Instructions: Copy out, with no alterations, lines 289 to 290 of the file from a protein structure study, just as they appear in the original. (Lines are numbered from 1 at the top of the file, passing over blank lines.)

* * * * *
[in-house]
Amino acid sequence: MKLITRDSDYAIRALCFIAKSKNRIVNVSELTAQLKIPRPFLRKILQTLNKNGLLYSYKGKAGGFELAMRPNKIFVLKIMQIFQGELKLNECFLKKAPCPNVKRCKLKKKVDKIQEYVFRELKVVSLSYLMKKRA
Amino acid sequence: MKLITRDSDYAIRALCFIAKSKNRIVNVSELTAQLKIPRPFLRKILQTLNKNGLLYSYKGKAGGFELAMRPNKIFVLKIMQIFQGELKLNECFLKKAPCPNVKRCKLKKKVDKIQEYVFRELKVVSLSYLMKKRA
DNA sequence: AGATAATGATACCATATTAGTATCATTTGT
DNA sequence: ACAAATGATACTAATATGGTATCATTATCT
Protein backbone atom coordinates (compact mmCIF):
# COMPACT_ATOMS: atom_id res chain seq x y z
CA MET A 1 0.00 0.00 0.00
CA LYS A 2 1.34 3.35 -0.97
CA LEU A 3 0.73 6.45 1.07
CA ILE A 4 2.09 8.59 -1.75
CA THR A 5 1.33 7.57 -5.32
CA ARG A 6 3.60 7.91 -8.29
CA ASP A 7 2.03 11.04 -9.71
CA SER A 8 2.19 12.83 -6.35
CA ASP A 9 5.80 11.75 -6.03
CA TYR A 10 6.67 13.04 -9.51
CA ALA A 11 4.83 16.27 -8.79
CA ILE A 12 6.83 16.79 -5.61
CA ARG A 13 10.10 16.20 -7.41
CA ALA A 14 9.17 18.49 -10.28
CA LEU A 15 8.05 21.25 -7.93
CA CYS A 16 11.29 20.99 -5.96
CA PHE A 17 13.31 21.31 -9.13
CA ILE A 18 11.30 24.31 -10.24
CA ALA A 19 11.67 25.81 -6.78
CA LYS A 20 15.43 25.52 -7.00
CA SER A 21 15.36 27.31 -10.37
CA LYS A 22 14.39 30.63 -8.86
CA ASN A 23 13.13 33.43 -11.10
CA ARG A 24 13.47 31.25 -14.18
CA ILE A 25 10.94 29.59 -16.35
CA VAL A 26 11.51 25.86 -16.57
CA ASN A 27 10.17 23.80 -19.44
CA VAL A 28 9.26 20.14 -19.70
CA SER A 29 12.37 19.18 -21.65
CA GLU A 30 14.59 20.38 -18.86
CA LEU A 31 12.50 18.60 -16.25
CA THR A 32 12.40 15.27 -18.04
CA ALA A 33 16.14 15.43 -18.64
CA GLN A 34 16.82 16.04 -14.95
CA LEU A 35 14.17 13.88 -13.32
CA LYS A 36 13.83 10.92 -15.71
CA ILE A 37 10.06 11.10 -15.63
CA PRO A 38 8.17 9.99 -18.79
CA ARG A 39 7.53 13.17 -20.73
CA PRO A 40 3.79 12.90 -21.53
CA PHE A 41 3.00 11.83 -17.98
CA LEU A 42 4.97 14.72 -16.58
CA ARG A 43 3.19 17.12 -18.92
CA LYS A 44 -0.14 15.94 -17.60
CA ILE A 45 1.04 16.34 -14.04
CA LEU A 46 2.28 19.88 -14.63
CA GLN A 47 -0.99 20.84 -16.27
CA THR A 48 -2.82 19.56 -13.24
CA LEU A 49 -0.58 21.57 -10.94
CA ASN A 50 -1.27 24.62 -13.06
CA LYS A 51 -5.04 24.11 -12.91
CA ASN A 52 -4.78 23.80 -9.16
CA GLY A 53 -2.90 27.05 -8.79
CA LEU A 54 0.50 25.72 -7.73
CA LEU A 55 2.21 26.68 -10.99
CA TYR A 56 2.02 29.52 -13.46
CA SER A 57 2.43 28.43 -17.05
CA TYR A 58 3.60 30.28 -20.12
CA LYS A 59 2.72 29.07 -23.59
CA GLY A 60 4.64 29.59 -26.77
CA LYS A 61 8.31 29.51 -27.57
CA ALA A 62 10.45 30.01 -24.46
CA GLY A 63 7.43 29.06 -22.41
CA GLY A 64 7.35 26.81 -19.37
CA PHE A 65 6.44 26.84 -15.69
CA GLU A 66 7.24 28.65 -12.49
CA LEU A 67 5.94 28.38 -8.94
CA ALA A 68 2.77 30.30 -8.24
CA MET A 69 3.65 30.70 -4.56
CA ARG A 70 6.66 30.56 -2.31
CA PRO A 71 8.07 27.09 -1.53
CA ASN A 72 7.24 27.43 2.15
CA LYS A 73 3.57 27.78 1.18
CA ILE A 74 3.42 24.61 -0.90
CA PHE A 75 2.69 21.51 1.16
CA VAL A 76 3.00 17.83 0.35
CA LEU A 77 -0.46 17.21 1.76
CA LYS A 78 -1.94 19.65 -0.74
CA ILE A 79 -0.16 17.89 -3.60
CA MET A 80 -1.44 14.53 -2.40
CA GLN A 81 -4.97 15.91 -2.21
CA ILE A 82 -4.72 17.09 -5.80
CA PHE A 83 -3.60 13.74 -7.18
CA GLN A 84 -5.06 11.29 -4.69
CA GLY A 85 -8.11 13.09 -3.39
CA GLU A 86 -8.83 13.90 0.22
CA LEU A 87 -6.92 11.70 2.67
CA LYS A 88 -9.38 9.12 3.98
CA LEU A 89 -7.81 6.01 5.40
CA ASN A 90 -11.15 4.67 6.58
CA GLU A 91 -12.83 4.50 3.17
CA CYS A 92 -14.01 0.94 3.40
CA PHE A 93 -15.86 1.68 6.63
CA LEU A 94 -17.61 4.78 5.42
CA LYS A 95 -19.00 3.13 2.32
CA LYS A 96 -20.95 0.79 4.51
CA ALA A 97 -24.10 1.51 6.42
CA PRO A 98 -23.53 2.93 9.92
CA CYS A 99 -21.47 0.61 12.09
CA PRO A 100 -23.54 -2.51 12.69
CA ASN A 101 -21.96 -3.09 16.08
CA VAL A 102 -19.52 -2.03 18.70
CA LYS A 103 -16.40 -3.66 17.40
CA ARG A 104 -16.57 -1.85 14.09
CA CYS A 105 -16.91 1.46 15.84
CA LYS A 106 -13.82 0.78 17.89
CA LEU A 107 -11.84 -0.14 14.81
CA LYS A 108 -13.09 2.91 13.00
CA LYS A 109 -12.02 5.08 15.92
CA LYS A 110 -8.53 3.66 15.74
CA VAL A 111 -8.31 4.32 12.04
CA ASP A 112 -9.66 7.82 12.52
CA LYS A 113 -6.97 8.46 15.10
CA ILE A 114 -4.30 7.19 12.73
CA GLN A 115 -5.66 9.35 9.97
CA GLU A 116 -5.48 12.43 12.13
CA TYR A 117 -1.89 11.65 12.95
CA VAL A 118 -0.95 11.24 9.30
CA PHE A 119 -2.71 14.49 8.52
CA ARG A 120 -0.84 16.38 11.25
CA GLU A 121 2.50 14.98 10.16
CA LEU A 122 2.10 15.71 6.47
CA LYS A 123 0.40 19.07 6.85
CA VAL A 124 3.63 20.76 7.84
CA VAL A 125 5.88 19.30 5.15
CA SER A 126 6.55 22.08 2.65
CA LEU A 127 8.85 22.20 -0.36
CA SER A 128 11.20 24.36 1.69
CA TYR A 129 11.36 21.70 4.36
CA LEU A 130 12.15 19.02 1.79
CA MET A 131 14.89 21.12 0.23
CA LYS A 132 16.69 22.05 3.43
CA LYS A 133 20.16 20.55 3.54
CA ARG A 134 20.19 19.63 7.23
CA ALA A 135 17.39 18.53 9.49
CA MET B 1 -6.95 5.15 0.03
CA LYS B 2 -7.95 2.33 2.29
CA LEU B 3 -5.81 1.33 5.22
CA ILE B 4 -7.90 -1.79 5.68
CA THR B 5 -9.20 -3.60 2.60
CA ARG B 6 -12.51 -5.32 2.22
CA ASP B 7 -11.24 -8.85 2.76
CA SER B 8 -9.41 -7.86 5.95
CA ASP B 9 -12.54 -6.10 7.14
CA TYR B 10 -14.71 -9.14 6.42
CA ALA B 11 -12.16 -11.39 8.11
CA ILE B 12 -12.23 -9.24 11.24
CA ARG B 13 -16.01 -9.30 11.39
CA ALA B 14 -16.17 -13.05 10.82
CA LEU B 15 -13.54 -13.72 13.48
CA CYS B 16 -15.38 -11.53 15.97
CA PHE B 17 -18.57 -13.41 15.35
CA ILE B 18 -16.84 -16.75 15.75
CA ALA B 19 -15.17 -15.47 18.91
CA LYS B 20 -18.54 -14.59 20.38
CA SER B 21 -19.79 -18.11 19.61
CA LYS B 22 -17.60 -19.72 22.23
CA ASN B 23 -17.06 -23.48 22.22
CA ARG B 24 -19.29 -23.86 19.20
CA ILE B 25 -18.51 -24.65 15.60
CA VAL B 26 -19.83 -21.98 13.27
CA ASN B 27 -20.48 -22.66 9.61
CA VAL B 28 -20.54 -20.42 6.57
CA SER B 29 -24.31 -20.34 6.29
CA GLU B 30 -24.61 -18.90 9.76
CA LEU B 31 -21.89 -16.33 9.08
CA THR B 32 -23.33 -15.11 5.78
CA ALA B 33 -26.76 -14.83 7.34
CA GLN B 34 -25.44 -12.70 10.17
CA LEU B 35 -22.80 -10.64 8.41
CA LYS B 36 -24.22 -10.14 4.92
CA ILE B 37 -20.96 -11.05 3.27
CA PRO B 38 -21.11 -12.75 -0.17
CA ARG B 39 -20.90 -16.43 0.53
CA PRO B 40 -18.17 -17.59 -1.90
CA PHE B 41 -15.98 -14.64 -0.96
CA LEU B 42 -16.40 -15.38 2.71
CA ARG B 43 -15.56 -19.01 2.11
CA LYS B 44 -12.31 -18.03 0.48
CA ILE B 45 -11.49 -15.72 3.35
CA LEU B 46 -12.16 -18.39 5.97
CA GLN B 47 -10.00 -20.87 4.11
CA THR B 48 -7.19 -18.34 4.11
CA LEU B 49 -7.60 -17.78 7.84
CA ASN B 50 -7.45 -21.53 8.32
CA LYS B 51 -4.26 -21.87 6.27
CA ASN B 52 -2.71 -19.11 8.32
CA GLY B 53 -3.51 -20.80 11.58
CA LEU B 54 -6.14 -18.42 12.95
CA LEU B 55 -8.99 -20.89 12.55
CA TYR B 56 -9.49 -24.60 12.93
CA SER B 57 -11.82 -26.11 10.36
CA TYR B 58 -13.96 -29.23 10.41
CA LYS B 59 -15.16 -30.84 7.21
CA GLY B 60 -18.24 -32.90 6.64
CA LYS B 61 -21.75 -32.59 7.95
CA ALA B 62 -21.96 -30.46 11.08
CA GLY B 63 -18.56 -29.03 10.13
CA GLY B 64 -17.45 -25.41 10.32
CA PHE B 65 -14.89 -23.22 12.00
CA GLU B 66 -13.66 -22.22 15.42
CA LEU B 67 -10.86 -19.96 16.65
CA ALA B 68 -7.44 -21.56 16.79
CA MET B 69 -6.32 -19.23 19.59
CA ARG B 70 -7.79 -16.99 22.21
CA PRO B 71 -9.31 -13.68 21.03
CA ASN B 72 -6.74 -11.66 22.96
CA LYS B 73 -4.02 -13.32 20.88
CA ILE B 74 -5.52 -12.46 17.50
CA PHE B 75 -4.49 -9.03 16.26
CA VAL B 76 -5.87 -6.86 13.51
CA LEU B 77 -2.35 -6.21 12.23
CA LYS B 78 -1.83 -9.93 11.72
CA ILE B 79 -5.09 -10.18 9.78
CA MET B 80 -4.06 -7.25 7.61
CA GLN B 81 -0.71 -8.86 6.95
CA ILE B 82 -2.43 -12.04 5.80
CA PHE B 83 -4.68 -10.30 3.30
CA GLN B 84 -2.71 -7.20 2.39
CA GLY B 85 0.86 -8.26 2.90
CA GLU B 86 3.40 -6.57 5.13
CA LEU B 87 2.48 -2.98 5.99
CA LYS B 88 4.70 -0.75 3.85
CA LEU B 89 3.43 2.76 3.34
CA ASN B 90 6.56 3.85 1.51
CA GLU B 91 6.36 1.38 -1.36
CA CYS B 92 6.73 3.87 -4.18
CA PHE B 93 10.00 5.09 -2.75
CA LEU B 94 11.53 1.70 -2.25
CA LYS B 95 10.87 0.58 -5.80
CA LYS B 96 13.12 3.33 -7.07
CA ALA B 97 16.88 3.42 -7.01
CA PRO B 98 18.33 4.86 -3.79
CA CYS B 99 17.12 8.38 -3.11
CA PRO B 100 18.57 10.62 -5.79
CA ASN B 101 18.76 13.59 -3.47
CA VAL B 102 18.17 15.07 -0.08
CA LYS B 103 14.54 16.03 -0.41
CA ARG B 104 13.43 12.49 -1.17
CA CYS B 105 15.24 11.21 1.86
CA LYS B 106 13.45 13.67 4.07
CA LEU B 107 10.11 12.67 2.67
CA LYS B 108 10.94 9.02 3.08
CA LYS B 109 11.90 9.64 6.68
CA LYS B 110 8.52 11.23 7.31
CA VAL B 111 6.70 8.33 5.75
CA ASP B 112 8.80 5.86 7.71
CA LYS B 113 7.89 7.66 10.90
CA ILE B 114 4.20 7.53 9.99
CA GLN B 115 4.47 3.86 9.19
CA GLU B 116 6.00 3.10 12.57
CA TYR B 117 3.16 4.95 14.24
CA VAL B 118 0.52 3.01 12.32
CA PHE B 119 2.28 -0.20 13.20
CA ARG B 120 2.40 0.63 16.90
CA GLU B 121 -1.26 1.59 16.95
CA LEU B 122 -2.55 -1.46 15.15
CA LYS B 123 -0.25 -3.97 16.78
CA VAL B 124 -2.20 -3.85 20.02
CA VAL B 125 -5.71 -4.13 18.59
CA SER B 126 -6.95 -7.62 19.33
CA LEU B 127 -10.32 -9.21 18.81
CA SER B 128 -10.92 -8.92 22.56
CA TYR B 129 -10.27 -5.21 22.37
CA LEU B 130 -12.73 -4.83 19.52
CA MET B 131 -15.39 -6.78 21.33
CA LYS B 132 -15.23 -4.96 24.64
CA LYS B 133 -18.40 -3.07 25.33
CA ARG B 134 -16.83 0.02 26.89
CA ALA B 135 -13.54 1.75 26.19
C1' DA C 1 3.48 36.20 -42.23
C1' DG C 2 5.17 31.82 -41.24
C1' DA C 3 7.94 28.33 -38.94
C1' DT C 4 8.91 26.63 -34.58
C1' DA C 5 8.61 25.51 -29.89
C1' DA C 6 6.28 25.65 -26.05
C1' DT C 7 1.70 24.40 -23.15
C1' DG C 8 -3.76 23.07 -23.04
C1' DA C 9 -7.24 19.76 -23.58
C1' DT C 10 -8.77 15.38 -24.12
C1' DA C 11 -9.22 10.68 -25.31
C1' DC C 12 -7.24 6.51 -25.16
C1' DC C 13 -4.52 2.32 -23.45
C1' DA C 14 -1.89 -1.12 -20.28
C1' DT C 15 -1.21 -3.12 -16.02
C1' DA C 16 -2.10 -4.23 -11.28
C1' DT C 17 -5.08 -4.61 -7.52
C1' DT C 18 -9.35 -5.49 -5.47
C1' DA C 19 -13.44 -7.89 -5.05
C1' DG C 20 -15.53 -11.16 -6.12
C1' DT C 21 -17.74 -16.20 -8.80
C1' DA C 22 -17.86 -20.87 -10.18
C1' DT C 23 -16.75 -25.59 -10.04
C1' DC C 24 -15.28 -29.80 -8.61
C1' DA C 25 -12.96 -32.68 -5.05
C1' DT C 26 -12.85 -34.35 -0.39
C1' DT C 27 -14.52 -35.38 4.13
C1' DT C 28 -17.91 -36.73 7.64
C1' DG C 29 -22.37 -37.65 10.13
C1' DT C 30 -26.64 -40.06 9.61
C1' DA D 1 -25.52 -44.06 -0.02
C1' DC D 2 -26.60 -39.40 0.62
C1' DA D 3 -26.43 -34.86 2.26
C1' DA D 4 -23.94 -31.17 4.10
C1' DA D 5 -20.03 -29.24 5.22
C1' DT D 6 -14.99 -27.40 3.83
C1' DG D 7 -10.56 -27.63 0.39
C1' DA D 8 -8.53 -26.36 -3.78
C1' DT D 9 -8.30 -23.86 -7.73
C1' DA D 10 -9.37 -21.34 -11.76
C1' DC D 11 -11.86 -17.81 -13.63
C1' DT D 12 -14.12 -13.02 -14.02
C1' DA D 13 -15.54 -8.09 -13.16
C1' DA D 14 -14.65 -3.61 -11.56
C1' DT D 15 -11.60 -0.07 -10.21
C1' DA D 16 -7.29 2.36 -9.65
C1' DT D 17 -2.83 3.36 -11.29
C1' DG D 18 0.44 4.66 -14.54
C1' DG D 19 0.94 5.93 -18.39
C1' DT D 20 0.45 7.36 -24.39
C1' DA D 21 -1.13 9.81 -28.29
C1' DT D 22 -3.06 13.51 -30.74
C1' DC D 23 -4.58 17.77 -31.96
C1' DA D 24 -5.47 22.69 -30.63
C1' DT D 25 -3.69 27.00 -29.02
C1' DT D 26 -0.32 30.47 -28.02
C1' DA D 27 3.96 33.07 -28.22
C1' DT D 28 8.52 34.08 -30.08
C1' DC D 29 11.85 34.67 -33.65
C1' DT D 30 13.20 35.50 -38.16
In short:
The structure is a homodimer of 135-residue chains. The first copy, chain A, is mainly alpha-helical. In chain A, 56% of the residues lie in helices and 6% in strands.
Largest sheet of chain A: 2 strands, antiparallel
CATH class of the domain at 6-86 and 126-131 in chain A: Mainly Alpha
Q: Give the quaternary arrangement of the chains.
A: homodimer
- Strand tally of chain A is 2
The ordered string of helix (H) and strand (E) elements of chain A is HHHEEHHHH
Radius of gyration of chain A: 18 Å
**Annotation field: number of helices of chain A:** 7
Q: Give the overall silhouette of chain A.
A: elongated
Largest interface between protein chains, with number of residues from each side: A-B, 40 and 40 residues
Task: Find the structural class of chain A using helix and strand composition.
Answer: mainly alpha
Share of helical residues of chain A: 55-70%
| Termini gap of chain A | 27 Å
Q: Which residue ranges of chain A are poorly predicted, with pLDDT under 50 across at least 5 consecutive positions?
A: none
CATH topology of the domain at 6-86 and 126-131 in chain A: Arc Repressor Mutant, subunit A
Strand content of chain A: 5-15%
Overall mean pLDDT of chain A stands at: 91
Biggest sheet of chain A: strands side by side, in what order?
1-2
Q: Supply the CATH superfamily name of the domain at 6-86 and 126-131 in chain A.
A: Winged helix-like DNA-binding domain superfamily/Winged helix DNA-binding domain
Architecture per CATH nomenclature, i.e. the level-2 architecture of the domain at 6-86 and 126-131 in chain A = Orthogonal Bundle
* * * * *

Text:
C1' DC C 12 -7.24 6.51 -25.16
C1' DC C 13 -4.52 2.32 -23.45